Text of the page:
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Okino And The Whales by Arnica Esterl
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Okino And The Whales

by Arnica Esterl

Other authors: Marek Zawadzki (Illustrator)

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Originally published as Okino und die Wale, this picture-book from Arnica Esterl - a prolific children's translator whose fairy-tale work includes the German editions of a number of Hans Christian Andersen's tales, from Däumelinchen (Thumbelina) to Die Schneekönigin (The Snow Queen) - contains a story within a story, as a mother tells her young son an ancient tale concerning a woman who follows her daughter into the sea, striking a bargain with Iwa, the Great Mother of the Ocean, in order to free her child.

I'm not sure whether this tale is inspired by any work of mythology or folklore, or is the author's original creation, and Esterl provides no information on that score, but I found the resulting narrative rather uneven. Truthfully, I picked Okino and the Whales up because of the gorgeous cover art (and because I love whales), and I think Marek Zawadzki's illustrations are the real strength here. The cool serenity of his underwater scenes, and the warmth of those he sets on land, make an appealing contrast. I will definitely have to keep my eye out for more work by this Polish illustrator! ( )
  AbigailAdams26 | Apr 23, 2013 |
Okino brings her son, Takumi to the sea to watch the whales. She begins to tell her son a story about a little girl who wondered to the sea bottom to the Royal Palace of the whales. The girls mother began to frantically search for her and finds her behind the wall of the Royal Palace. In order for the mother to get her daughter back, she is given a lengthy task from Iwa, the Great Mother of the Ocean. Once completing the task, she is able to get her daughter back. As Okino ends the story, she looks down only to realize that Takumi has fallen asleep. ( )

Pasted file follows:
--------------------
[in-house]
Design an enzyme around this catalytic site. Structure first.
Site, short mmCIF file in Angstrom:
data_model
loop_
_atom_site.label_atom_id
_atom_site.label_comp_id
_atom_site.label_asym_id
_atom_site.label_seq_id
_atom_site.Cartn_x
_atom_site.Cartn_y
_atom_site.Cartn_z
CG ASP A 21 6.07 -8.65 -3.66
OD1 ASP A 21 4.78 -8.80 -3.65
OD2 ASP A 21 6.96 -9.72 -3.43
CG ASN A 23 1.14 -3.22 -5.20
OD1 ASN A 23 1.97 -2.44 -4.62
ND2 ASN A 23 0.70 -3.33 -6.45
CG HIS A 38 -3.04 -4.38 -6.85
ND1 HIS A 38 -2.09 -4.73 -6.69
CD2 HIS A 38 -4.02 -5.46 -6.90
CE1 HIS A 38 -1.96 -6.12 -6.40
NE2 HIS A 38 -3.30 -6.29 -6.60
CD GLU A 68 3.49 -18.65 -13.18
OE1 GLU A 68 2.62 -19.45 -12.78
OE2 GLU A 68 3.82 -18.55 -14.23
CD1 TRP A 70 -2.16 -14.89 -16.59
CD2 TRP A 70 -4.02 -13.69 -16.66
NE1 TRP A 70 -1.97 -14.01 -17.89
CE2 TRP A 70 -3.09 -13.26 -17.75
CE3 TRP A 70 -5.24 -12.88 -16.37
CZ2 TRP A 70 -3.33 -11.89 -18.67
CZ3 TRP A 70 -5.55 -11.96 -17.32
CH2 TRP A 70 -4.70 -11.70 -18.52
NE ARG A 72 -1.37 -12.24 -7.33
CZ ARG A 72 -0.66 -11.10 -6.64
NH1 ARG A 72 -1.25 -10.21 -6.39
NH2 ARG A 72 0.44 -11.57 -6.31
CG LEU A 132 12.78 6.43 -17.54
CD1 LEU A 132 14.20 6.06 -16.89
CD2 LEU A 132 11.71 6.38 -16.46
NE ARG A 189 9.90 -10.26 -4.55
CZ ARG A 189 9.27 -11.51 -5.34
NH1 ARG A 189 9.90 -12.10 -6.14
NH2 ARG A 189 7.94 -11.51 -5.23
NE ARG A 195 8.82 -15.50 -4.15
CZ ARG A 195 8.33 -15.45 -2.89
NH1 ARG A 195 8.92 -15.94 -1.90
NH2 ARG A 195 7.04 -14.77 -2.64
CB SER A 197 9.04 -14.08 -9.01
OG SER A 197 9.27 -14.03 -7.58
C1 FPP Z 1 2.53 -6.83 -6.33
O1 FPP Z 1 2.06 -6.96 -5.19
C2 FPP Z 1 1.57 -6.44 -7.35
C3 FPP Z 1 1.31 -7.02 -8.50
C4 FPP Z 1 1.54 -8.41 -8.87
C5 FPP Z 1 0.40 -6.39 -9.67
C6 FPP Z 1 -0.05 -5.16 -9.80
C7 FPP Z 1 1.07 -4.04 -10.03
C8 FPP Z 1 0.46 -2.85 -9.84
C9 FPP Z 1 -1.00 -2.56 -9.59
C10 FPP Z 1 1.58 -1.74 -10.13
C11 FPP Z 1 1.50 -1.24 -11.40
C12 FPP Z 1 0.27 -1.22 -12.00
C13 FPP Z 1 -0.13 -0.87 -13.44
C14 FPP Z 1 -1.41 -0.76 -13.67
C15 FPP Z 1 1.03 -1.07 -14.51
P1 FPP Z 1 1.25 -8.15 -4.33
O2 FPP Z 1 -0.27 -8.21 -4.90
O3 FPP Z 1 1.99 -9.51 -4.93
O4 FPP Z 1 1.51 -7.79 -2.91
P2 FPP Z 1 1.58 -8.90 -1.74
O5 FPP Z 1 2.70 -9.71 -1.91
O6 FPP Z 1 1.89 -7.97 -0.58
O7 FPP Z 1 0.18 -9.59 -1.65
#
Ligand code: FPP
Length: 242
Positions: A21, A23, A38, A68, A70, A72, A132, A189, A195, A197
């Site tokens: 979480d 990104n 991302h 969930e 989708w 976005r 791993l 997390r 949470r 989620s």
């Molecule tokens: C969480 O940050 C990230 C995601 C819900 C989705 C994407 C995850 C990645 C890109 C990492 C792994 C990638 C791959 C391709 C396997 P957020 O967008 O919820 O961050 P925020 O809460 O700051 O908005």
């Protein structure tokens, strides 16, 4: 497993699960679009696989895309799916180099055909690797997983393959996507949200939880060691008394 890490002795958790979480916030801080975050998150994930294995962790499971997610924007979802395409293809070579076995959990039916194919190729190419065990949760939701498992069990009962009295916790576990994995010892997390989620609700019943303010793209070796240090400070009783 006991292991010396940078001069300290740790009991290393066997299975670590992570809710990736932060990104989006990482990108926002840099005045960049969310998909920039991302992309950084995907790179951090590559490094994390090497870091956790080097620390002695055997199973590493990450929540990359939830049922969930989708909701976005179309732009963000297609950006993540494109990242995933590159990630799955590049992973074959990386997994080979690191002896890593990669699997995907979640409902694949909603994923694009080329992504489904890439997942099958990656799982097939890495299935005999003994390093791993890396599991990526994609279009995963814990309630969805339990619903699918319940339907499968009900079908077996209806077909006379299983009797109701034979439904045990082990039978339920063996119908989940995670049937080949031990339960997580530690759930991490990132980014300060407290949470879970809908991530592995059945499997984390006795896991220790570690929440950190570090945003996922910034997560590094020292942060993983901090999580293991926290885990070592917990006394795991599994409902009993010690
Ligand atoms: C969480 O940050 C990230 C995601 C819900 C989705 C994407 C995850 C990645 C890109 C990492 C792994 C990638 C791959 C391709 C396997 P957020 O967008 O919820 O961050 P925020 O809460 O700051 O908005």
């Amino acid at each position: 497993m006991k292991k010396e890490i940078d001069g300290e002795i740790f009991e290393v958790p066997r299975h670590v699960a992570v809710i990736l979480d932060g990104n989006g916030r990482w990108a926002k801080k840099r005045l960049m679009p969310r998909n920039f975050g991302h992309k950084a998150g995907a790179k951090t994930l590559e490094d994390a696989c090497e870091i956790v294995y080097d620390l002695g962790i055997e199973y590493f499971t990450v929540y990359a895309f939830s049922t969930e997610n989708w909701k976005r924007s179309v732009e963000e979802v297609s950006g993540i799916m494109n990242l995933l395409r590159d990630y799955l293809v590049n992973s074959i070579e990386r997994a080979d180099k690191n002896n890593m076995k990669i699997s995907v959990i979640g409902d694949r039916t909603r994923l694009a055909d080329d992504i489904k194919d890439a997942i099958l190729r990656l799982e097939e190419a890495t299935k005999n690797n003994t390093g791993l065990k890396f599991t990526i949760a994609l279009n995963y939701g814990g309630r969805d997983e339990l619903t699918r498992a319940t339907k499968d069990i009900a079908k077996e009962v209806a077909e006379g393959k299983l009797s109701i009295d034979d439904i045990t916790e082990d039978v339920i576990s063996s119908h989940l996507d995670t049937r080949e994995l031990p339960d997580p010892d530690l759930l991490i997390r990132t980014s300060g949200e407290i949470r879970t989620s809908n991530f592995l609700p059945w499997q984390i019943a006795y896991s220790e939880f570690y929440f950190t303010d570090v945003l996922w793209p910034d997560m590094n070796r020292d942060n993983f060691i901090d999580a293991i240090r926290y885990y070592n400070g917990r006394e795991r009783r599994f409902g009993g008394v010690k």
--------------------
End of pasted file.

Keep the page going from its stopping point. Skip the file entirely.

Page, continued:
taramankin | Jan 23, 2012 |
This fairy tale is a story within a story, accompanied by illustrations so beautiful and realistic that they could be mistaken for photographs. The story is of a young Japanese mother and son who are watching the whales from the rocks. The mother then tells her son the story of the girl who went to the royal palace of the whales, and how her mother brought her home. Ultimately, this is a story about the bond and devotion between mother and child, which features incredible artwork. A picture book not to be missed! Recommended for ages 5-8. ( )
  rsamet | Dec 18, 2008 |
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Author nameRoleType of authorWork?Status
Arnica Esterlprimary authorall editionscalculated
Zawadzki, MarekIllustratorsecondary authorall editionsconfirmed
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Amazon.com Product Description (ISBN 0152003770, Hardcover)

Watching the mysterious whales that return year after year, Okino introduces her son, Tamuki, to the story of Iwa, the Great Mother of the Ocean, for whom another mother once had to perform a long and courageous task.

(retrieved from Amazon Thu, 12 Mar 2015 18:13:32 -0400)

As a mother waits with her son for the whales to return to the bay, she relates a story about a girl who visited the royal palace of the whales.

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